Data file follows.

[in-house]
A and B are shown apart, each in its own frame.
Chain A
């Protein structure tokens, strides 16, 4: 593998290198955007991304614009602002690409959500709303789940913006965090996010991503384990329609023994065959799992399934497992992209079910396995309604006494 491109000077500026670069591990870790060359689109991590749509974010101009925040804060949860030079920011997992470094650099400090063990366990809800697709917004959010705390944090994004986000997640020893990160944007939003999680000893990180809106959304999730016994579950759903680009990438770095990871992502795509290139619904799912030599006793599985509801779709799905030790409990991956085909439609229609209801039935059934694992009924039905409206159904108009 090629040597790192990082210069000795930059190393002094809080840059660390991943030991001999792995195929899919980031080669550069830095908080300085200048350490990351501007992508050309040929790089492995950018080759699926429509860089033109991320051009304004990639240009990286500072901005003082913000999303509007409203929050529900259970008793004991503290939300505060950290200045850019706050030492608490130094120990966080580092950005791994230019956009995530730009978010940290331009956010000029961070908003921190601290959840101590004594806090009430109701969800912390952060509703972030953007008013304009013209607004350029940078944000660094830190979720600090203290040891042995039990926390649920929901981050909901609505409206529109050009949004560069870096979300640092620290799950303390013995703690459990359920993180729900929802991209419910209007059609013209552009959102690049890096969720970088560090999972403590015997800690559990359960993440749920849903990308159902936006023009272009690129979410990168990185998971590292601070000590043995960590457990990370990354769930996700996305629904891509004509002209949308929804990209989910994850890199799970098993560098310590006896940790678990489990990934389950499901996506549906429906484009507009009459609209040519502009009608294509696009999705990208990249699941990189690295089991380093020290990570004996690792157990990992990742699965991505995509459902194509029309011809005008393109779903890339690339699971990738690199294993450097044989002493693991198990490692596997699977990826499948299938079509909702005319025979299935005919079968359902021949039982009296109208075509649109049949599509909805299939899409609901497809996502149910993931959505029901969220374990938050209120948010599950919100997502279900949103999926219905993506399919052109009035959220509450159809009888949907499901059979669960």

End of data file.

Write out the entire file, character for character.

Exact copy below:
[in-house]
A and B are shown apart, each in its own frame.
Chain A
């Protein structure tokens, strides 16, 4: 593998290198955007991304614009602002690409959500709303789940913006965090996010991503384990329609023994065959799992399934497992992209079910396995309604006494 491109000077500026670069591990870790060359689109991590749509974010101009925040804060949860030079920011997992470094650099400090063990366990809800697709917004959010705390944090994004986000997640020893990160944007939003999680000893990180809106959304999730016994579950759903680009990438770095990871992502795509290139619904799912030599006793599985509801779709799905030790409990991956085909439609229609209801039935059934694992009924039905409206159904108009 090629040597790192990082210069000795930059190393002094809080840059660390991943030991001999792995195929899919980031080669550069830095908080300085200048350490990351501007992508050309040929790089492995950018080759699926429509860089033109991320051009304004990639240009990286500072901005003082913000999303509007409203929050529900259970008793004991503290939300505060950290200045850019706050030492608490130094120990966080580092950005791994230019956009995530730009978010940290331009956010000029961070908003921190601290959840101590004594806090009430109701969800912390952060509703972030953007008013304009013209607004350029940078944000660094830190979720600090203290040891042995039990926390649920929901981050909901609505409206529109050009949004560069870096979300640092620290799950303390013995703690459990359920993180729900929802991209419910209007059609013209552009959102690049890096969720970088560090999972403590015997800690559990359960993440749920849903990308159902936006023009272009690129979410990168990185998971590292601070000590043995960590457990990370990354769930996700996305629904891509004509002209949308929804990209989910994850890199799970098993560098310590006896940790678990489990990934389950499901996506549906429906484009507009009459609209040519502009009608294509696009999705990208990249699941990189690295089991380093020290990570004996690792157990990992990742699965991505995509459902194509029309011809005008393109779903890339690339699971990738690199294993450097044989002493693991198990490692596997699977990826499948299938079509909702005319025979299935005919079968359902021949039982009296109208075509649109049949599509909805299939899409609901497809996502149910993931959505029901969220374990938050209120948010599950919100997502279900949103999926219905993506399919052109009035959220509450159809009888949907499901059979669960």